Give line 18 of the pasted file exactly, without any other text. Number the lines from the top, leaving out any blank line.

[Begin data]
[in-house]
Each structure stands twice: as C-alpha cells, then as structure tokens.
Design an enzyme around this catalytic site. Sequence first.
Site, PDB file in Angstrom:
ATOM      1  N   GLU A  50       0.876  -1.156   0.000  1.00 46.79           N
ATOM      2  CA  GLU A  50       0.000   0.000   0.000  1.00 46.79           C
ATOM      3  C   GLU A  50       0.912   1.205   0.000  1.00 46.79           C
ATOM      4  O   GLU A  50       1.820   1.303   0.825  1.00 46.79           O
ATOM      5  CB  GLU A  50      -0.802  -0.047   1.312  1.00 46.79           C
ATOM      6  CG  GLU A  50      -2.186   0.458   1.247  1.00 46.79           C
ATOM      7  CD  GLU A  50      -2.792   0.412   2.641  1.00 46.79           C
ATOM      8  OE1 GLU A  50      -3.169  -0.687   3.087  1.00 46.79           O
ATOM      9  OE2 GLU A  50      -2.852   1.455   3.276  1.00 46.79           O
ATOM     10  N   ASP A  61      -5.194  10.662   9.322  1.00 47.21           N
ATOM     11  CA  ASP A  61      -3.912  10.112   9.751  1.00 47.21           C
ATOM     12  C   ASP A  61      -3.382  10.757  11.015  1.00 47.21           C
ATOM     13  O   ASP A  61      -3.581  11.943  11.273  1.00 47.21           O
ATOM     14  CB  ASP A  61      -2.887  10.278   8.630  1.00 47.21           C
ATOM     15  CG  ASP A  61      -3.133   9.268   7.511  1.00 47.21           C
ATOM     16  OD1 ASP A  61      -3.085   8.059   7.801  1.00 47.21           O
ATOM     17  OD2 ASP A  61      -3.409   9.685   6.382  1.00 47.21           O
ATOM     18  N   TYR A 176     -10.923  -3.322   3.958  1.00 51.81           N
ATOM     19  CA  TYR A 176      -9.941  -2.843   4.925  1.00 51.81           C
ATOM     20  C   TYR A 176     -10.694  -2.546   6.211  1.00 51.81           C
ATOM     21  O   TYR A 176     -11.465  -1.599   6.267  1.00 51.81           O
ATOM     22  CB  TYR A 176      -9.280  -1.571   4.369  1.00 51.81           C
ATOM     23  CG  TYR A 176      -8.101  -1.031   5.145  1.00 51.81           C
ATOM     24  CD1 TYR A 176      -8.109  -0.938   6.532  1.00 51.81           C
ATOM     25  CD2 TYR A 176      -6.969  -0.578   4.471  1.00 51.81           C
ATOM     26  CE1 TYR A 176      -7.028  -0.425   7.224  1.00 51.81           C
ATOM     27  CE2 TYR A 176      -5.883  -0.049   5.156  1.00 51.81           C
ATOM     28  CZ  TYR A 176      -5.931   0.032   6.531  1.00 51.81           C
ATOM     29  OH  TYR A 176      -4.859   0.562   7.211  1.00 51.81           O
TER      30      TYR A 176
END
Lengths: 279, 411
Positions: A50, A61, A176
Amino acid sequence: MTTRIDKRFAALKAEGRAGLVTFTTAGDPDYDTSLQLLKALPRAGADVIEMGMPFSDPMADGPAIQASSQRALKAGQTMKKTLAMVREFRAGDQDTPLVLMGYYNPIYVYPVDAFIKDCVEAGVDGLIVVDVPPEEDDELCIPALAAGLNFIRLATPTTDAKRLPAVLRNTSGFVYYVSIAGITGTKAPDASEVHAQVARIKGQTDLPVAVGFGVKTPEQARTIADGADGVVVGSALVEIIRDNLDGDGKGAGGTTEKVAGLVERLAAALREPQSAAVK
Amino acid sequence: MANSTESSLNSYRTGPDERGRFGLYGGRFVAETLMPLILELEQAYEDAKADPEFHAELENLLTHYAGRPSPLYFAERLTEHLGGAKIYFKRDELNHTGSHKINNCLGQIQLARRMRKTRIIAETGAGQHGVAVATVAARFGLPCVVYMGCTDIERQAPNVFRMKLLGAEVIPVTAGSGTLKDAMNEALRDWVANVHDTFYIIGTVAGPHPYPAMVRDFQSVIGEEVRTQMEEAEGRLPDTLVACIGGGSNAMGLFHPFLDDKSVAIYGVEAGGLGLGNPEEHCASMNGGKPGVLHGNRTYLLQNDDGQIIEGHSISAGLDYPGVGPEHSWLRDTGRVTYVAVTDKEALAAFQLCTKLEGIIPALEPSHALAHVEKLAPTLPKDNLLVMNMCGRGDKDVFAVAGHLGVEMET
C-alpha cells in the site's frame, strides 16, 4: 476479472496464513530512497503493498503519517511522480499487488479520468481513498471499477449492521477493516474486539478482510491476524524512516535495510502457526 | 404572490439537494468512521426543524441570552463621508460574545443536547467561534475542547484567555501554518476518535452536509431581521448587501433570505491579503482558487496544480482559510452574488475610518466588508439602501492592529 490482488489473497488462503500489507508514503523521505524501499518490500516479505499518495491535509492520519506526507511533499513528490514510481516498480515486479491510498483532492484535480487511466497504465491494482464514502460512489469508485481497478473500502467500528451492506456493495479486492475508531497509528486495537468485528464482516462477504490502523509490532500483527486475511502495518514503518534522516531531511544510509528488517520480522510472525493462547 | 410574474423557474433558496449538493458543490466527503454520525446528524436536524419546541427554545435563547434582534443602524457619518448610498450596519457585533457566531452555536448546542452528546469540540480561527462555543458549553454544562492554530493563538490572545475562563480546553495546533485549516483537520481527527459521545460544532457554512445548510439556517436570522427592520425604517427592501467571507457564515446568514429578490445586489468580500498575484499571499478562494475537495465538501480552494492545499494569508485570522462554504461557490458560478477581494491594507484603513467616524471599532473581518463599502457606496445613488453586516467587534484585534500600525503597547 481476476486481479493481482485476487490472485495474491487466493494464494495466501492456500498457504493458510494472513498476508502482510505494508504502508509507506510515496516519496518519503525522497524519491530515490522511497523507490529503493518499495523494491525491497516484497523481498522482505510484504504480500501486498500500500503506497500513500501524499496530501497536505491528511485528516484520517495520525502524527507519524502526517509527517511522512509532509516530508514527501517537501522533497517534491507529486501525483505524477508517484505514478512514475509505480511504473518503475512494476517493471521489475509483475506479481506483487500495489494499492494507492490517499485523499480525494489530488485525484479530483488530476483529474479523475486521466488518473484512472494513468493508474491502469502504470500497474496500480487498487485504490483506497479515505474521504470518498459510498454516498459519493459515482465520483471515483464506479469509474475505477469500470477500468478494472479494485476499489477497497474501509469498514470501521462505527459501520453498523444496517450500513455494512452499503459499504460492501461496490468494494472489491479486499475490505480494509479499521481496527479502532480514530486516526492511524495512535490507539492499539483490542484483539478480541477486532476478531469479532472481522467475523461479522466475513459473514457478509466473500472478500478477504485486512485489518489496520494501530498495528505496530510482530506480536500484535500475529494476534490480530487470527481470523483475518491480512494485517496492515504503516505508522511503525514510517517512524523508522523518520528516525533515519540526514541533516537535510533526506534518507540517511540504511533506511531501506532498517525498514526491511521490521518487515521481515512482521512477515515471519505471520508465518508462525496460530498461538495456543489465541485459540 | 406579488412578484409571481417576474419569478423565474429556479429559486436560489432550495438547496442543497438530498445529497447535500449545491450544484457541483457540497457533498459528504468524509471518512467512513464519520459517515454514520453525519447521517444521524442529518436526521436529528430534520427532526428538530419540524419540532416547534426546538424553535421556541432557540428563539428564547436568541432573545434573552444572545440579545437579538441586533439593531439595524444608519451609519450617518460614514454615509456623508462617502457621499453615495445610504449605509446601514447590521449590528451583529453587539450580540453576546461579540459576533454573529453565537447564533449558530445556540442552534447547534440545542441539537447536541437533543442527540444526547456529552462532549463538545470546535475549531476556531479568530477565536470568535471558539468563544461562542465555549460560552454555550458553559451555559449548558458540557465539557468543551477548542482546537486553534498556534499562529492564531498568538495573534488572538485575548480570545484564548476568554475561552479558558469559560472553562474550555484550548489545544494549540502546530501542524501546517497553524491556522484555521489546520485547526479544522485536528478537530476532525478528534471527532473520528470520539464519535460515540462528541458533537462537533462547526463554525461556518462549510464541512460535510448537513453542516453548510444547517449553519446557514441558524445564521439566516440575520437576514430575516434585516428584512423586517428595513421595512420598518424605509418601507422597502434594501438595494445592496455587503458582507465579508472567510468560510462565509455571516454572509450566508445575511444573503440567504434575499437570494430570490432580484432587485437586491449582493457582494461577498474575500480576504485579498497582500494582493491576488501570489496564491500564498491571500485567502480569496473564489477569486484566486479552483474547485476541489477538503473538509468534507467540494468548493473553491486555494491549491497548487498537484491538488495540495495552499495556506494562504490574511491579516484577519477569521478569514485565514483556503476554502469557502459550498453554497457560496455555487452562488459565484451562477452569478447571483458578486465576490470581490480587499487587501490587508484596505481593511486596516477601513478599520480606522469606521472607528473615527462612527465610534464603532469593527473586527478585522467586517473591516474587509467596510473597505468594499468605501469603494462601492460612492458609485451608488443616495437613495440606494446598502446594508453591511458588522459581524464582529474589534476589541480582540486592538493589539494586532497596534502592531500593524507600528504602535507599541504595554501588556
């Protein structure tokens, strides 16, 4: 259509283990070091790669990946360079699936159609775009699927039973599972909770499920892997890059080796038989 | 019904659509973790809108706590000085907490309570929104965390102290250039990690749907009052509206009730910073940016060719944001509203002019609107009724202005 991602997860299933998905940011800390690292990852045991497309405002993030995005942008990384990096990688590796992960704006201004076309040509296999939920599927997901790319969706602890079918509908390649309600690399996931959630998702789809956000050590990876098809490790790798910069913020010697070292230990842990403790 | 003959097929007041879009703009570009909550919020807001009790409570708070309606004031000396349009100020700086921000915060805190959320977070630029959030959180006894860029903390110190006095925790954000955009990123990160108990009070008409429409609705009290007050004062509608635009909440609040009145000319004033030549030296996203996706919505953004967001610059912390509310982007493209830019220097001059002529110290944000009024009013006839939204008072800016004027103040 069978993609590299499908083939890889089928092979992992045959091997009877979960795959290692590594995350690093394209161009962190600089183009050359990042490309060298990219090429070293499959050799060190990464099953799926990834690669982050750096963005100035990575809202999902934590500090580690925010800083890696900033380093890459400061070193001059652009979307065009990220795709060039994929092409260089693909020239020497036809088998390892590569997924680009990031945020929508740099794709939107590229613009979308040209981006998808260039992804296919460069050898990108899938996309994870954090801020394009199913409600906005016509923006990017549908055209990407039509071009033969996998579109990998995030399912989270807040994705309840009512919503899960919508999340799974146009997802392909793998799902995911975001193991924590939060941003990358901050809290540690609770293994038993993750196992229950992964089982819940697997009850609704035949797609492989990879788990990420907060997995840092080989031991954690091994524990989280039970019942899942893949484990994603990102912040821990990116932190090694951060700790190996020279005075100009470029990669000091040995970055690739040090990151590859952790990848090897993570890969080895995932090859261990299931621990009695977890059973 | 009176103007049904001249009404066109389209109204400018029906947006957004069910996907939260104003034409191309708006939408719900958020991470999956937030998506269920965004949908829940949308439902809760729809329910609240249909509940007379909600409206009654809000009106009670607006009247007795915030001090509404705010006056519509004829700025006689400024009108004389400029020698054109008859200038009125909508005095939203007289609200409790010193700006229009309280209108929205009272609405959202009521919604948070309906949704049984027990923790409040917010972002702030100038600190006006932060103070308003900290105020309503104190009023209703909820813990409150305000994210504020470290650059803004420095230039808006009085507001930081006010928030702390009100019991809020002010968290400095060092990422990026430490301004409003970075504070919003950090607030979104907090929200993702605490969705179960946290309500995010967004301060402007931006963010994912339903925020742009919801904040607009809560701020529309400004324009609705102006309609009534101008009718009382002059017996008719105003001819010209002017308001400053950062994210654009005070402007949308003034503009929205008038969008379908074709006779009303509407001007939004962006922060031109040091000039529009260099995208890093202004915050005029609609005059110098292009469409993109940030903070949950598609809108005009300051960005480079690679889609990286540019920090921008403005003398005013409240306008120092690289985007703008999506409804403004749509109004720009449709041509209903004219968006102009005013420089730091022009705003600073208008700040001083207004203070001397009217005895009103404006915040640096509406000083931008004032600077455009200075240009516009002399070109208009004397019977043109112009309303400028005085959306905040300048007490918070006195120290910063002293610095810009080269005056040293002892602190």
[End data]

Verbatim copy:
ATOM     14  CB  ASP A  61      -2.887  10.278   8.630  1.00 47.21           C